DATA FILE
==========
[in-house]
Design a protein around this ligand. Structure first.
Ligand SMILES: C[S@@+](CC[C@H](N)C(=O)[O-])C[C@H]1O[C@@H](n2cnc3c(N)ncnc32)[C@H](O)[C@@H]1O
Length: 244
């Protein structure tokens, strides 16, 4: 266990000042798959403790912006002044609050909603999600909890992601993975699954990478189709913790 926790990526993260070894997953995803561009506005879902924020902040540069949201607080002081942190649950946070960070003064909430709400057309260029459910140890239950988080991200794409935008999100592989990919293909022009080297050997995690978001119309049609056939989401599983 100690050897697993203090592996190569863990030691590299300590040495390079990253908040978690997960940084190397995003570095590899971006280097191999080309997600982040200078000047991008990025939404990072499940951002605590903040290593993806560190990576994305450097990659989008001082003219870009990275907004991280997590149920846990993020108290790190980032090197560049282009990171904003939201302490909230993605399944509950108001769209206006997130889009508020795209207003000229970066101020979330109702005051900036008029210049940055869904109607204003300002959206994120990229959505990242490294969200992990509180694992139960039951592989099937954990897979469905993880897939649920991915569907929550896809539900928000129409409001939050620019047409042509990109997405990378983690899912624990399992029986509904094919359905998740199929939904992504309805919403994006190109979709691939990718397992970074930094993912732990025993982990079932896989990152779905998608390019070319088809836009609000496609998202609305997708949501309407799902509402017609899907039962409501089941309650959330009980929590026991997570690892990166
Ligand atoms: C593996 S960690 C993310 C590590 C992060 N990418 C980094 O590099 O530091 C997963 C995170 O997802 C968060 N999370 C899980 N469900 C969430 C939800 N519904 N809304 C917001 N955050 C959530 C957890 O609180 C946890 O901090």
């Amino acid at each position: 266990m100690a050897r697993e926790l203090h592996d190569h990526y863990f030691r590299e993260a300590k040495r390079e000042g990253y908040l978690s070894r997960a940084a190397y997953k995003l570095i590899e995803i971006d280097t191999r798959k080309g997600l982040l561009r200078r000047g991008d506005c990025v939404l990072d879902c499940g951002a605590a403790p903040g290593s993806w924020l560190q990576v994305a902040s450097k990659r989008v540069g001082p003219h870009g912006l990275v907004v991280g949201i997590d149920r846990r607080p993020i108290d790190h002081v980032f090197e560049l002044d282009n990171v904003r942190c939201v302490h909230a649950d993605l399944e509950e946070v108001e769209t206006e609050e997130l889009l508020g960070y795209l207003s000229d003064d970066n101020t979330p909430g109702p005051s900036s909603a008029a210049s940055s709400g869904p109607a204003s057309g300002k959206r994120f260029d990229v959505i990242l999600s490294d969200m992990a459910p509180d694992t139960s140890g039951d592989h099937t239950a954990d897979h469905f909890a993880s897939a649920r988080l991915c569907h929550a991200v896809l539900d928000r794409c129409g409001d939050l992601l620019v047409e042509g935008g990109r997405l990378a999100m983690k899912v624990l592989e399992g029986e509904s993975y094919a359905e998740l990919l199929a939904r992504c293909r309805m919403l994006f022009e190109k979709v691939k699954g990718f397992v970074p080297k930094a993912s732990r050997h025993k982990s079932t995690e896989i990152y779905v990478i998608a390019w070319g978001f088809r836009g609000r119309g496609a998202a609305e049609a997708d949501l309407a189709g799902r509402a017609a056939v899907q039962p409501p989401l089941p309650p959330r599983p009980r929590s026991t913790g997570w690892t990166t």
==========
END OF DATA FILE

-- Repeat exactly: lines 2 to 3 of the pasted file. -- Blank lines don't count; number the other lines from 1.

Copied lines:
Design a protein around this ligand. Structure first.
Ligand SMILES: C[S@@+](CC[C@H](N)C(=O)[O-])C[C@H]1O[C@@H](n2cnc3c(N)ncnc32)[C@H](O)[C@@H]1O